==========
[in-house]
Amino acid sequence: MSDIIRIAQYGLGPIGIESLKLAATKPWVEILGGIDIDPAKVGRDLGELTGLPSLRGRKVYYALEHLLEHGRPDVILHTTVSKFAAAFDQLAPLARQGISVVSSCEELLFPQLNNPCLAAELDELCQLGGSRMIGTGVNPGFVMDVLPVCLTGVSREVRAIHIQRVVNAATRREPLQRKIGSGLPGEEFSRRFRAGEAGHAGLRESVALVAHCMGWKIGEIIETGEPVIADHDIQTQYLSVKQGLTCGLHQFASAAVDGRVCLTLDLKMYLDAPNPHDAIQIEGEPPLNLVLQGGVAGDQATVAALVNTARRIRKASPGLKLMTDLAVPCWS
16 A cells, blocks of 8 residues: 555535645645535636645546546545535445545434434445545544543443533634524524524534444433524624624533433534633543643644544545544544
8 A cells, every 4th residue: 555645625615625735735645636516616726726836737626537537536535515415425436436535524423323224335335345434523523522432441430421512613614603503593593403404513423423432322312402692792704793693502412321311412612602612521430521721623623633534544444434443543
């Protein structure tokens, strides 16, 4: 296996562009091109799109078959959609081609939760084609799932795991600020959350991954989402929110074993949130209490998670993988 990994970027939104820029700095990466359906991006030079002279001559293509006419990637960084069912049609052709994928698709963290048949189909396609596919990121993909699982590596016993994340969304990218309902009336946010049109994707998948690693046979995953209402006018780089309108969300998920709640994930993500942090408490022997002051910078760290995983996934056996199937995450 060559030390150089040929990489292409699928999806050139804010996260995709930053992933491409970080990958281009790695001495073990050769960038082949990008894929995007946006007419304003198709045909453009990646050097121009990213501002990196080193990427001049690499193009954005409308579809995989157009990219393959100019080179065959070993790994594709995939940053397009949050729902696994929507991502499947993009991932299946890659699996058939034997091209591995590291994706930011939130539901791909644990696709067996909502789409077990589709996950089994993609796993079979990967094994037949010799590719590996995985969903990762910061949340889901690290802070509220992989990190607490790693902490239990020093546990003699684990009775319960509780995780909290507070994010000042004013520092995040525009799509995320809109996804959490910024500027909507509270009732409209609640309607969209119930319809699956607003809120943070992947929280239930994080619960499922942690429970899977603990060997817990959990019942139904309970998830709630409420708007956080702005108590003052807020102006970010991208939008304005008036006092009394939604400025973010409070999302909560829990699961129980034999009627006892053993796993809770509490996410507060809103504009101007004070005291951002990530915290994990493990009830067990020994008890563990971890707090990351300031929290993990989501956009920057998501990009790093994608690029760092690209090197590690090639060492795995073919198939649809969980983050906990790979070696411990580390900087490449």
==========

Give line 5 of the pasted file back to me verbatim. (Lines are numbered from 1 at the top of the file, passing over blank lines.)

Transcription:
């Protein structure tokens, strides 16, 4: 296996562009091109799109078959959609081609939760084609799932795991600020959350991954989402929110074993949130209490998670993988 990994970027939104820029700095990466359906991006030079002279001559293509006419990637960084069912049609052709994928698709963290048949189909396609596919990121993909699982590596016993994340969304990218309902009336946010049109994707998948690693046979995953209402006018780089309108969300998920709640994930993500942090408490022997002051910078760290995983996934056996199937995450 060559030390150089040929990489292409699928999806050139804010996260995709930053992933491409970080990958281009790695001495073990050769960038082949990008894929995007946006007419304003198709045909453009990646050097121009990213501002990196080193990427001049690499193009954005409308579809995989157009990219393959100019080179065959070993790994594709995939940053397009949050729902696994929507991502499947993009991932299946890659699996058939034997091209591995590291994706930011939130539901791909644990696709067996909502789409077990589709996950089994993609796993079979990967094994037949010799590719590996995985969903990762910061949340889901690290802070509220992989990190607490790693902490239990020093546990003699684990009775319960509780995780909290507070994010000042004013520092995040525009799509995320809109996804959490910024500027909507509270009732409209609640309607969209119930319809699956607003809120943070992947929280239930994080619960499922942690429970899977603990060997817990959990019942139904309970998830709630409420708007956080702005108590003052807020102006970010991208939008304005008036006092009394939604400025973010409070999302909560829990699961129980034999009627006892053993796993809770509490996410507060809103504009101007004070005291951002990530915290994990493990009830067990020994008890563990971890707090990351300031929290993990989501956009920057998501990009790093994608690029760092690209090197590690090639060492795995073919198939649809969980983050906990790979070696411990580390900087490449």